• Results from the JELIS (Japanese Eicosapentaenoic Acid Lipid Intervention Study) in 2007 used 1.8 g/day of EPA and in a high risk group (only 20% had prior coronary disease unlike the GISSI-P study) and showed a reduction of combined cardiovascular events but no benefit in mortality or sudden death. This study did decrease “unstable” cardiac events leading many to consider a protective effect on hardening of the artery progression. Two more recent studies from 2010 in those with known coronary artery disease were “neutral” and did not show a decrease in cardiac events. Both the German OMEGA that studied 1 g/day omega-3 PUFAs and Alpha Omega trial that  used a margarine supplemented with low-dose EPA+DHA or ALA, EPA+DHA+ALA or a control margarine were both substantially underpowered and the results must be interpreted with caution.
  • In patients with preexisting hardening of the arteries (atherosclerosis) the UCSF Heart and Soul Study looked at higher blood levels of EPA+DHA (>3.6% of total fatty acids) and CV risk. Those with higher blood levels had a clinically important lower risk of all-cause death over nearly a 6-year period of follow-up.
  • The GISSI-HF (GISSI-Heart Failure) study was a large trial that looked at omega-3 PUFAs in a group of heart failure patients maximally treated with current standard of care therapy. The simple addition of a 1 gram of omega-3 supplement demonstrated a statistically significant reduction of all-cause death rate. This is considered clinically a very important finding and has led researchers to initiate further larger studies. Heart failure is a very common and serious condition and represents the number one reason for hospitalization in the USA for seniors. The ability to lower the death rates in heart failure may be an important advance.

Omega-3 fats in general have had favorable associations with various measures of health including a beneficial or effect on type 2 diabetes. A more recent prospective, population-based study looked at omega-3 blood levels and found that higher blood levels of omega-3s (a marker of fish intake) is linked to a lower long-term risk for type 2 diabetes. Those participants with the highest omega-3 intake lowered diabetes by 33% (Diabetes Care. 2014;37:189–196). There continues to be interest on measurements of the two major marine sources of omega-3s: EPA and DHA. Higher EPA blood levels were linked to lower cardiovascular disease risk in the JELIS study and in the Framingham Heart Study higher blood levels of DHA were linked to a nearly 50% less risk of dementia (Arch Neurol. 2006;63:1545-1550).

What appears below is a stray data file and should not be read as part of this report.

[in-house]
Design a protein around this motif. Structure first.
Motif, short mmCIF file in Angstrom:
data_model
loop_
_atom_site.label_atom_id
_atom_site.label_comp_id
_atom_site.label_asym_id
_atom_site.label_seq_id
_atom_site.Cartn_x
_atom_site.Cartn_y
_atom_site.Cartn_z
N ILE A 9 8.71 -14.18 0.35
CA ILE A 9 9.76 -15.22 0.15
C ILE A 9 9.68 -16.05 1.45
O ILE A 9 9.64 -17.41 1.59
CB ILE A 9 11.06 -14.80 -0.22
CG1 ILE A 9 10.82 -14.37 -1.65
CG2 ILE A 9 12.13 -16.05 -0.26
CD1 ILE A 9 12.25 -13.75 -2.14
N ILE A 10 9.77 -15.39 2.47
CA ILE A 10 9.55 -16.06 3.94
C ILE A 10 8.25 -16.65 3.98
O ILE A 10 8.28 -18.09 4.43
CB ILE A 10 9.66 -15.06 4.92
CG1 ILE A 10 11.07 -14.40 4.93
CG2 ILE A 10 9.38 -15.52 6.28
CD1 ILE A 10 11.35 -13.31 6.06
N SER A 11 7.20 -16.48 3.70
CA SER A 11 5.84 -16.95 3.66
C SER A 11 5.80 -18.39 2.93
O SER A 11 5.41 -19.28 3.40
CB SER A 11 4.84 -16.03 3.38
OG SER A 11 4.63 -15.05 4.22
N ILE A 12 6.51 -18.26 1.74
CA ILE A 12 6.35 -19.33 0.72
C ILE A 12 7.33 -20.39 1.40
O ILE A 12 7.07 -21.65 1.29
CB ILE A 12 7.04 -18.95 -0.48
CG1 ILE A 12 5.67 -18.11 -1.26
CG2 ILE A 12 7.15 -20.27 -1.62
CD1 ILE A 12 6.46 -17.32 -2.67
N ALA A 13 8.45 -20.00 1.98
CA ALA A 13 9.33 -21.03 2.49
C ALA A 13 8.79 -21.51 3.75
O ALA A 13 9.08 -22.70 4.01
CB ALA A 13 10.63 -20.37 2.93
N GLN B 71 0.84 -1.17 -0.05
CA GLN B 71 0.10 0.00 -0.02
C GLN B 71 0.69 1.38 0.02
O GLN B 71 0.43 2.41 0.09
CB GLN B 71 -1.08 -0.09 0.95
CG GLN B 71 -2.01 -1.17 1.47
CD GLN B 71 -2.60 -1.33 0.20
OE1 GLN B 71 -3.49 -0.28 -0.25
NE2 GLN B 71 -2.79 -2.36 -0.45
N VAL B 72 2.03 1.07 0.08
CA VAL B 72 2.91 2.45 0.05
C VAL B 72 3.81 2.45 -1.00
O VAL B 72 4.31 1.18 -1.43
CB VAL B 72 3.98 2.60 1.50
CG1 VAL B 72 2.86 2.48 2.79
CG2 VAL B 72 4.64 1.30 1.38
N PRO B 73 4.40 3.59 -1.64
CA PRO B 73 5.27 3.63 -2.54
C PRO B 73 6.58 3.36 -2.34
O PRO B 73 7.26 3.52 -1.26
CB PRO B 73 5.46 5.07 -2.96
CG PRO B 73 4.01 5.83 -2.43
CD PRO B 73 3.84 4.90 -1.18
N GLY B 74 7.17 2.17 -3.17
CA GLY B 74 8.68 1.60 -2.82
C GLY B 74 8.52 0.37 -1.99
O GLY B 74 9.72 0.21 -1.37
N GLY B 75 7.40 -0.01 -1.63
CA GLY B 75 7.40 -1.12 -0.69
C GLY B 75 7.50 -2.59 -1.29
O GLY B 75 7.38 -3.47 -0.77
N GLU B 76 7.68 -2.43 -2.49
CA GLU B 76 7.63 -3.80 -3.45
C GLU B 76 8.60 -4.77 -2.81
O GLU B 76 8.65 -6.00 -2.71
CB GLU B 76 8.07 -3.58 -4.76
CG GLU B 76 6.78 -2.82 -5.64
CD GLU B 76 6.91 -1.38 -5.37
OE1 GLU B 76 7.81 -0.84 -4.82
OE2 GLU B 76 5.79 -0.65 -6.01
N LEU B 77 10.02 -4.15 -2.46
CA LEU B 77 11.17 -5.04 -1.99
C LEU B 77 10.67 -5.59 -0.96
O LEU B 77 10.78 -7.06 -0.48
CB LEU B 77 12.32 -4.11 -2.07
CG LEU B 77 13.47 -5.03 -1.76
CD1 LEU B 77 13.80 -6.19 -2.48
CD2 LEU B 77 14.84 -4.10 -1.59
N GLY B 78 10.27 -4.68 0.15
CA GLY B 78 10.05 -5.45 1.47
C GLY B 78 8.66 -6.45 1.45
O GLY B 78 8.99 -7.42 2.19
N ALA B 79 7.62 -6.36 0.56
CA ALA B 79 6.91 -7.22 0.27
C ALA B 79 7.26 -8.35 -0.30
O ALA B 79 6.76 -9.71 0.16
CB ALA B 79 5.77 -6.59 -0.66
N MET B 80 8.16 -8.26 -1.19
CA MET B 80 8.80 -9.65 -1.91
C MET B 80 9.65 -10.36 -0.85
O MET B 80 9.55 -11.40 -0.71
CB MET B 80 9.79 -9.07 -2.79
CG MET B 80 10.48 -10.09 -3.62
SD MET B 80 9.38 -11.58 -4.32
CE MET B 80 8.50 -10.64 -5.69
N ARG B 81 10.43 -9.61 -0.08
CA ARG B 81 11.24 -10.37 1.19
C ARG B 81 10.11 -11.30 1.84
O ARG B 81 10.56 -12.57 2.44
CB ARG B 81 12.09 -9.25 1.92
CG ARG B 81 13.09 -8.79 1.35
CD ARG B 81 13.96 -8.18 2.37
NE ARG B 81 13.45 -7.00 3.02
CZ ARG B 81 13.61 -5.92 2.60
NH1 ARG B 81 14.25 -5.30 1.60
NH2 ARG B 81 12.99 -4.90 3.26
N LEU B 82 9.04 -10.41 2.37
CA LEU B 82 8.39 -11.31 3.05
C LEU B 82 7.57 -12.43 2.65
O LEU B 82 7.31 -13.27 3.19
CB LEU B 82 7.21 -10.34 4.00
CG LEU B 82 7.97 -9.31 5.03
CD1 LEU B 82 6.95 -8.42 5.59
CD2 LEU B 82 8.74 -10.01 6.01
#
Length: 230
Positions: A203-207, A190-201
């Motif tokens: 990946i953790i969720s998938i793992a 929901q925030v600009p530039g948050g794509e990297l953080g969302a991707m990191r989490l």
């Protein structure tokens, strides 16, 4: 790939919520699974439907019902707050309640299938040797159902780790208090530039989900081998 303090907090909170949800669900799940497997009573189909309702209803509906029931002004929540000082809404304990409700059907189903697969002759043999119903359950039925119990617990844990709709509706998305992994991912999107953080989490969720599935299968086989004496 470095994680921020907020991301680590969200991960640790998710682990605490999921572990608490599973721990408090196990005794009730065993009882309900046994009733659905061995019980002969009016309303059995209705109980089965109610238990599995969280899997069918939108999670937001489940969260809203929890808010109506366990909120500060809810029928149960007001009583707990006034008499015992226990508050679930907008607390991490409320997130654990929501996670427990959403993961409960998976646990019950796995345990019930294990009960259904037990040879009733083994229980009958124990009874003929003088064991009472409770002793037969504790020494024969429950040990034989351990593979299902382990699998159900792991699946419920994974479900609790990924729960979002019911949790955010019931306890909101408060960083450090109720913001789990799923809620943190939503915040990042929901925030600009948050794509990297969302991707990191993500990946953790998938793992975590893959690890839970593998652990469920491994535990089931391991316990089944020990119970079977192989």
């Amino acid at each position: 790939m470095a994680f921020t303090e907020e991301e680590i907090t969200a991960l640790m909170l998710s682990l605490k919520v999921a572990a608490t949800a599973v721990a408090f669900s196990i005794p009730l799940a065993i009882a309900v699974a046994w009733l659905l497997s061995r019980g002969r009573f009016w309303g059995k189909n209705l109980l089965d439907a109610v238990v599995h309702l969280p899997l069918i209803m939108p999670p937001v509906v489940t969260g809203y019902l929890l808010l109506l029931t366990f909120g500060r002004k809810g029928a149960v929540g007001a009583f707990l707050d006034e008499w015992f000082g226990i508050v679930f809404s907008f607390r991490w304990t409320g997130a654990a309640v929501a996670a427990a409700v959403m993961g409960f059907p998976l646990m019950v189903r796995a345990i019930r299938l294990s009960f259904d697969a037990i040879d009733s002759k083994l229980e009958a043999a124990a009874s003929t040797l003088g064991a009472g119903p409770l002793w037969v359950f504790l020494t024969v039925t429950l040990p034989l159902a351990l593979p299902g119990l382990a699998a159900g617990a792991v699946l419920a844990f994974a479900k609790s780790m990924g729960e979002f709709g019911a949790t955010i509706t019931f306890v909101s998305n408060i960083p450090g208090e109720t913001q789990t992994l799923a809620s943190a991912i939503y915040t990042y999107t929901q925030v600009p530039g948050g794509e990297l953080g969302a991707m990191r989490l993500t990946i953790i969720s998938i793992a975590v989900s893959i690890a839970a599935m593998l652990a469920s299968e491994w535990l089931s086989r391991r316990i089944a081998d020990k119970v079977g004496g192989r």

Fish and Omega-3s

EPA and DHA supplements could be considered in consultation with the physician especially if there is limited fish consumption. Higher fish intakes (up to and including 5 servings) have been associated with an approximate 40% lowering of coronary heart disease mortality based on epidemiological studies. Omega-3 fatty acids especially from marine sources have an important triglyceride lowering effect and are used therapeutically at higher doses (4 grams per day) with severely elevated triglycerides (>500mg/dL).


High concentrations of mercury, a neurotoxin can damage developing brains in fetuses, and can be found in some kinds of popular fish such as albacore “white” tuna (0.32 parts per million of mercury). Children under six can eat up to one 3-ounce portion a month; children from 6–12, two 4.5-ounce portions a month. Consider canned light tuna (0.12 parts per million of mercury) the better choice when buying canned tuna. Beware of “gourmet” or “tonno” labels which contain yellowfin tuna and can contain mercury levels comparable to canned white.

  • A healthier choice to consider is canned salmon (mostly sockeye or pink from Alaska) that is low in contaminants and high in heart-healthy omega-3s.

Other high mercury fish include the following: swordfish, shark, king mackerel, marlin, orange roughy and tilefish. Women of reproductive age and young children are advised to avoid these types of fish and limit overall consumption of all fish to no more than 12 ounces per week, according to the Food and Drug Administration, as it takes months for the body to rid itself of mercury. If you want more information about the levels in the various types of fish you eat, see the FDA food safety web site or the EPA Fish Advisory website.